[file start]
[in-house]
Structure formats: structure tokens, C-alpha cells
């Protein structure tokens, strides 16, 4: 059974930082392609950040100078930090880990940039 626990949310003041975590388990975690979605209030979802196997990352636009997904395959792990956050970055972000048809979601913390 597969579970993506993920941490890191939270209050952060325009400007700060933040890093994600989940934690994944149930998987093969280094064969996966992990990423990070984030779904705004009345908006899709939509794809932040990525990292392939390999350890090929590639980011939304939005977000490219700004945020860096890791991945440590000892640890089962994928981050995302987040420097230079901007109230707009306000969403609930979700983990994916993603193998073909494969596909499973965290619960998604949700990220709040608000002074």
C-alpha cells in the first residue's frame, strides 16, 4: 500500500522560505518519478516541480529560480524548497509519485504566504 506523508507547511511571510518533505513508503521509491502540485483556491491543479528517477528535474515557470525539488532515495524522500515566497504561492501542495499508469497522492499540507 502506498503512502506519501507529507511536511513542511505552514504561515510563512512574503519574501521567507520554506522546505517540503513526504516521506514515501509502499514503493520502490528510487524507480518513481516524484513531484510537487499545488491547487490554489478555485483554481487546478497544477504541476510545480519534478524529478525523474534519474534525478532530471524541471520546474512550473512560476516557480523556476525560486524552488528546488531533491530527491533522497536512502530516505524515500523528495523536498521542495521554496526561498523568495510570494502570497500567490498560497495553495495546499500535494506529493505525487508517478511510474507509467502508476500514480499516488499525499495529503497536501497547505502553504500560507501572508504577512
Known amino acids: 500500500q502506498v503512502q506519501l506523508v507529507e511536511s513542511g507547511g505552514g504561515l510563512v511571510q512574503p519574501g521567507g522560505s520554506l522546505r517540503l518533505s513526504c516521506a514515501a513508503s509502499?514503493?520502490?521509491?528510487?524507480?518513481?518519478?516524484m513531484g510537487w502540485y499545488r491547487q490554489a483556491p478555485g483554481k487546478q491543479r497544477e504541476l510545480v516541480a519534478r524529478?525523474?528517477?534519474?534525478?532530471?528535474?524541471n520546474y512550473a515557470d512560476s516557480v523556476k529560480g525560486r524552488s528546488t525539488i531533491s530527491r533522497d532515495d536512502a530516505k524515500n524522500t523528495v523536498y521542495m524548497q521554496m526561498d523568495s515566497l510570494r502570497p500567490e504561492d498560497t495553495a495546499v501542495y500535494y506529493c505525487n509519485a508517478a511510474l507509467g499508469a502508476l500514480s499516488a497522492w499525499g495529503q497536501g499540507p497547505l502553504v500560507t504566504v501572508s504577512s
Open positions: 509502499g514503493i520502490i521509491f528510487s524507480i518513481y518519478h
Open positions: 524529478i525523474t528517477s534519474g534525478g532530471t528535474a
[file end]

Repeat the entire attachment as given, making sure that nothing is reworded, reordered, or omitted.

[in-house]
Structure formats: structure tokens, C-alpha cells
């Protein structure tokens, strides 16, 4: 059974930082392609950040100078930090880990940039 626990949310003041975590388990975690979605209030979802196997990352636009997904395959792990956050970055972000048809979601913390 597969579970993506993920941490890191939270209050952060325009400007700060933040890093994600989940934690994944149930998987093969280094064969996966992990990423990070984030779904705004009345908006899709939509794809932040990525990292392939390999350890090929590639980011939304939005977000490219700004945020860096890791991945440590000892640890089962994928981050995302987040420097230079901007109230707009306000969403609930979700983990994916993603193998073909494969596909499973965290619960998604949700990220709040608000002074």
C-alpha cells in the first residue's frame, strides 16, 4: 500500500522560505518519478516541480529560480524548497509519485504566504 506523508507547511511571510518533505513508503521509491502540485483556491491543479528517477528535474515557470525539488532515495524522500515566497504561492501542495499508469497522492499540507 502506498503512502506519501507529507511536511513542511505552514504561515510563512512574503519574501521567507520554506522546505517540503513526504516521506514515501509502499514503493520502490528510487524507480518513481516524484513531484510537487499545488491547487490554489478555485483554481487546478497544477504541476510545480519534478524529478525523474534519474534525478532530471524541471520546474512550473512560476516557480523556476525560486524552488528546488531533491530527491533522497536512502530516505524515500523528495523536498521542495521554496526561498523568495510570494502570497500567490498560497495553495495546499500535494506529493505525487508517478511510474507509467502508476500514480499516488499525499495529503497536501497547505502553504500560507501572508504577512
Known amino acids: 500500500q502506498v503512502q506519501l506523508v507529507e511536511s513542511g507547511g505552514g504561515l510563512v511571510q512574503p519574501g521567507g522560505s520554506l522546505r517540503l518533505s513526504c516521506a514515501a513508503s509502499?514503493?520502490?521509491?528510487?524507480?518513481?518519478?516524484m513531484g510537487w502540485y499545488r491547487q490554489a483556491p478555485g483554481k487546478q491543479r497544477e504541476l510545480v516541480a519534478r524529478?525523474?528517477?534519474?534525478?532530471?528535474?524541471n520546474y512550473a515557470d512560476s516557480v523556476k529560480g525560486r524552488s528546488t525539488i531533491s530527491r533522497d532515495d536512502a530516505k524515500n524522500t523528495v523536498y521542495m524548497q521554496m526561498d523568495s515566497l510570494r502570497p500567490e504561492d498560497t495553495a495546499v501542495y500535494y506529493c505525487n509519485a508517478a511510474l507509467g499508469a502508476l500514480s499516488a497522492w499525499g495529503q497536501g499540507p497547505l502553504v500560507t504566504v501572508s504577512s
Open positions: 509502499g514503493i520502490i521509491f528510487s524507480i518513481y518519478h
Open positions: 524529478i525523474t528517477s534519474g534525478g532530471t528535474a